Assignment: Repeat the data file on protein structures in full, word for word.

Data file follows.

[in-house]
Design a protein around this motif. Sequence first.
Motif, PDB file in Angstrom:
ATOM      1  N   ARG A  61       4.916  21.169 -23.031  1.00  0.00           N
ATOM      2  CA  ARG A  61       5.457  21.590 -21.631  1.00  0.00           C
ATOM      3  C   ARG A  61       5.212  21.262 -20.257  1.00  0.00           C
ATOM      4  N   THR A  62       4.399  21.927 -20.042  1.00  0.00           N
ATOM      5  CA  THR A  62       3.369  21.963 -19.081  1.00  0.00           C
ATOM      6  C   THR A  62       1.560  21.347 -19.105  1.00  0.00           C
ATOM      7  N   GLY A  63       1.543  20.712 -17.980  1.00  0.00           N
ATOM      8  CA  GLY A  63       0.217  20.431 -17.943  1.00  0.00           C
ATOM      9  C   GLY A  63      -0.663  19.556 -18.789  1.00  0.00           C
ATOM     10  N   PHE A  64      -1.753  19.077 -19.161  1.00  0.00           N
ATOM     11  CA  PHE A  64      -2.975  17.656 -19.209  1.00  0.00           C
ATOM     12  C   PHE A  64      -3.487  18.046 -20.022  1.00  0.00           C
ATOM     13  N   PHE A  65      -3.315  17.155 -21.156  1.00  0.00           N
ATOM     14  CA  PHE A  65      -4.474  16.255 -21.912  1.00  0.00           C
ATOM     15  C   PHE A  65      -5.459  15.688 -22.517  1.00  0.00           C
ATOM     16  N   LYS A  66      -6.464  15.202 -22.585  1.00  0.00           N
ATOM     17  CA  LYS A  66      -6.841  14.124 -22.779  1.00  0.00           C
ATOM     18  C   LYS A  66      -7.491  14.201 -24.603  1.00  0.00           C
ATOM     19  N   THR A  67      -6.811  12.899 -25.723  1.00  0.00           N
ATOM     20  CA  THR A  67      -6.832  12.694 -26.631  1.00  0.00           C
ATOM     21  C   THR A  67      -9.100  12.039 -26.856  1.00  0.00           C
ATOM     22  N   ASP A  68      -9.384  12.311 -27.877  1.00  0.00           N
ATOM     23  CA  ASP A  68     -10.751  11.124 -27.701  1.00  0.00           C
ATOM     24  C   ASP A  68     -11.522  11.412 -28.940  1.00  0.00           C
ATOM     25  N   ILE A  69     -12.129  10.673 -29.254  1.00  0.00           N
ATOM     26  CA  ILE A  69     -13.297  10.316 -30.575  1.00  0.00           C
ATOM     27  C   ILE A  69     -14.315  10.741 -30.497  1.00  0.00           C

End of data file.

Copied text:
[in-house]
Design a protein around this motif. Sequence first.
Motif, PDB file in Angstrom:
ATOM      1  N   ARG A  61       4.916  21.169 -23.031  1.00  0.00           N
ATOM      2  CA  ARG A  61       5.457  21.590 -21.631  1.00  0.00           C
ATOM      3  C   ARG A  61       5.212  21.262 -20.257  1.00  0.00           C
ATOM      4  N   THR A  62       4.399  21.927 -20.042  1.00  0.00           N
ATOM      5  CA  THR A  62       3.369  21.963 -19.081  1.00  0.00           C
ATOM      6  C   THR A  62       1.560  21.347 -19.105  1.00  0.00           C
ATOM      7  N   GLY A  63       1.543  20.712 -17.980  1.00  0.00           N
ATOM      8  CA  GLY A  63       0.217  20.431 -17.943  1.00  0.00           C
ATOM      9  C   GLY A  63      -0.663  19.556 -18.789  1.00  0.00           C
ATOM     10  N   PHE A  64      -1.753  19.077 -19.161  1.00  0.00           N
ATOM     11  CA  PHE A  64      -2.975  17.656 -19.209  1.00  0.00           C
ATOM     12  C   PHE A  64      -3.487  18.046 -20.022  1.00  0.00           C
ATOM     13  N   PHE A  65      -3.315  17.155 -21.156  1.00  0.00           N
ATOM     14  CA  PHE A  65      -4.474  16.255 -21.912  1.00  0.00           C
ATOM     15  C   PHE A  65      -5.459  15.688 -22.517  1.00  0.00           C
ATOM     16  N   LYS A  66      -6.464  15.202 -22.585  1.00  0.00           N
ATOM     17  CA  LYS A  66      -6.841  14.124 -22.779  1.00  0.00           C
ATOM     18  C   LYS A  66      -7.491  14.201 -24.603  1.00  0.00           C
ATOM     19  N   THR A  67      -6.811  12.899 -25.723  1.00  0.00           N
ATOM     20  CA  THR A  67      -6.832  12.694 -26.631  1.00  0.00           C
ATOM     21  C   THR A  67      -9.100  12.039 -26.856  1.00  0.00           C
ATOM     22  N   ASP A  68      -9.384  12.311 -27.877  1.00  0.00           N
ATOM     23  CA  ASP A  68     -10.751  11.124 -27.701  1.00  0.00           C
ATOM     24  C   ASP A  68     -11.522  11.412 -28.940  1.00  0.00           C
ATOM     25  N   ILE A  69     -12.129  10.673 -29.254  1.00  0.00           N
ATOM     26  CA  ILE A  69     -13.297  10.316 -30.575  1.00  0.00           C
ATOM     27  C   ILE A  69     -14.315  10.741 -30.497  1.00  0.00           C